This is BF3.  Compare with BC2:
How high up the management chain do you think "Guys, let's make it smoke on a black background, because that looks awesome!" came from?  I think BC2 captured a lot of the flavor of the game by including those panoramic vistas in the load, end of round, and respawn screens.  BF3 eschews all of that  I also like BC2's text more, and the rank insignias.  And, most importantly, there's that EXIT GAME button in BC2 that BF3 lacks.  That's right, your stats don't save and you can't exit until you spawn into the next game, which means 35 seconds of staring at particle smoke effects and another 10 seconds of loading and another 5 seconds of pre-game countdown.

You can't even edit your game options in BF3 unless you're spawned into a game, by the way.  There's no main menu screen per se, because you join a game via a browser-based server menu.  There's no main executable.  I think even the single player mode is launched from your browser.  So you can't dick around with options until you're in the middle of a game.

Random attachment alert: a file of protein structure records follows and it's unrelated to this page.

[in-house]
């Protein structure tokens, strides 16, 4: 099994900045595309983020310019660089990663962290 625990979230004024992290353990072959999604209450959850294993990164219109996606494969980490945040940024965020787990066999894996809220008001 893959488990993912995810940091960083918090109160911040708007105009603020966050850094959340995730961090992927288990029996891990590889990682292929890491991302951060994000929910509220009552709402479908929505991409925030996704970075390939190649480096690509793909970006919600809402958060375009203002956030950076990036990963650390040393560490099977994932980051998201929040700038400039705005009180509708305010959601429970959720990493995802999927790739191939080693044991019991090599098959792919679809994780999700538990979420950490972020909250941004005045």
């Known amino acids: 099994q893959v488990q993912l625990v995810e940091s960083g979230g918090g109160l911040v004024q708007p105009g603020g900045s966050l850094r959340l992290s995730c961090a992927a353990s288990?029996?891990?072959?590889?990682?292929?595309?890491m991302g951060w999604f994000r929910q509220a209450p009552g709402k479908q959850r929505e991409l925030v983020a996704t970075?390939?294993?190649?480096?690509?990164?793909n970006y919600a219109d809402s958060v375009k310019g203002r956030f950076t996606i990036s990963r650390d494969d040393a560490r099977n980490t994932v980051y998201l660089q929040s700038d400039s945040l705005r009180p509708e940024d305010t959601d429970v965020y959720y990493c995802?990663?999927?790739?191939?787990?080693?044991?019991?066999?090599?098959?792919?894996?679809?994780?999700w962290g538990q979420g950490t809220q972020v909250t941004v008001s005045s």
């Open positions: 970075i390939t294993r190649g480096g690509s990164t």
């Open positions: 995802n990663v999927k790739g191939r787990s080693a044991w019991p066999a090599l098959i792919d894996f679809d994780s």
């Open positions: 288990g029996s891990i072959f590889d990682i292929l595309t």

Once you are in a game, you have the option to deploy or pick your "class" and equipment load.  You do so from the following screen.
That sure is a lot of empty space on the right, so it's a good thing we have lots of smoke to fill it with useful graphical detail.  Now you might think "Ok, this is a PC game, so surely I can just click on the weapons to change them."  You would also then be operating under the assumption that anything in this game makes sense from a usability standpoint.  Not only are you not even given text hints about what those equipment icons actually are, you have to enter a wholly different screen to swap them around.  Click the LOADOUT button and we're brought to: